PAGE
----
I recently wrote a small source code counter and as part of the process I naturally ran some benchmarks to compare to the many tools that already exist. The results were somewhat erratic, but I was quite disappointed with Rust.

Results on the Rust repo:

Tool Language Time
polyglot ATS 218.3 ms
loc Rust 139.5 ms
tokei Rust 333.3 ms
enry Go 5.183 s
cloc Perl 16.47 s
linguist Ruby 16.70 s

# Analysis

Functional paradigms really shine here. Streams in ATS are just plain easier than in Rust (which, given the state of ATS documentation, says more about Rust than me). The polyglot example is even compiled with a garbage collector, which puts just how slow Rust is into perspective.

The usual response to this is "you can write slow code in any language". Which is of course not the point - Haskell is far more expressive, easier to refactor, and has more safety guarantees. When you remove speed as a consideration, Rust starts looking a lot less attractive.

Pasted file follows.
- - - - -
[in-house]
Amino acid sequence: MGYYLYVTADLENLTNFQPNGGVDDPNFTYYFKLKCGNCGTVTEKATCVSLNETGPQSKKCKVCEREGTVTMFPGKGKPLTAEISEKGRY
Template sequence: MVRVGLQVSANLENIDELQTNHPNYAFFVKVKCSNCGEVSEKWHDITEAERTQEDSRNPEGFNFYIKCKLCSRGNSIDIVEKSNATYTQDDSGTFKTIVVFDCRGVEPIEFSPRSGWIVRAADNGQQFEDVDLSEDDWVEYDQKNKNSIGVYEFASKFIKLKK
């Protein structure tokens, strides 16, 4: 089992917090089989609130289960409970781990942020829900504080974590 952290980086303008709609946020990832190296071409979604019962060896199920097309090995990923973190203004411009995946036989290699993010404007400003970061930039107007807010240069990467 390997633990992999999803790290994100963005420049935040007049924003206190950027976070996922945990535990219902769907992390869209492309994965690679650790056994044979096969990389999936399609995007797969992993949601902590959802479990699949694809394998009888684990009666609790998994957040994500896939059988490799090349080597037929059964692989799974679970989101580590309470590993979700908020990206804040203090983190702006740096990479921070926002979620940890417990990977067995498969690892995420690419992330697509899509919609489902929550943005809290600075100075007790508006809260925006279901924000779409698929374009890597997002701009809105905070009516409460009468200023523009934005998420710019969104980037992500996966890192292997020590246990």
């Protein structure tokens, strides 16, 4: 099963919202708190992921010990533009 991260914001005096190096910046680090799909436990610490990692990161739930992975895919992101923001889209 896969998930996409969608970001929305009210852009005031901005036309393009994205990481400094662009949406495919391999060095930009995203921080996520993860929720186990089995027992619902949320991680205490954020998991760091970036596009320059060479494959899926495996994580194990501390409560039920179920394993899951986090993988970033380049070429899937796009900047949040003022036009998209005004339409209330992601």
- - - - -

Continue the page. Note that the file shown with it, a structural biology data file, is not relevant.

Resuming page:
Moreover, functional programming in general is vindicated - abstraction is an underrated tool for performance, and here we see just how much we are missing out on in Rust. tokei takes longer on four cores that poly on one, even using rayon and the Rust ecosystem! Not only is "functional programming is slow" false, in fact the opposite is true! I suspect we will see much more use of formal verification and linear types in performant code as we go forward.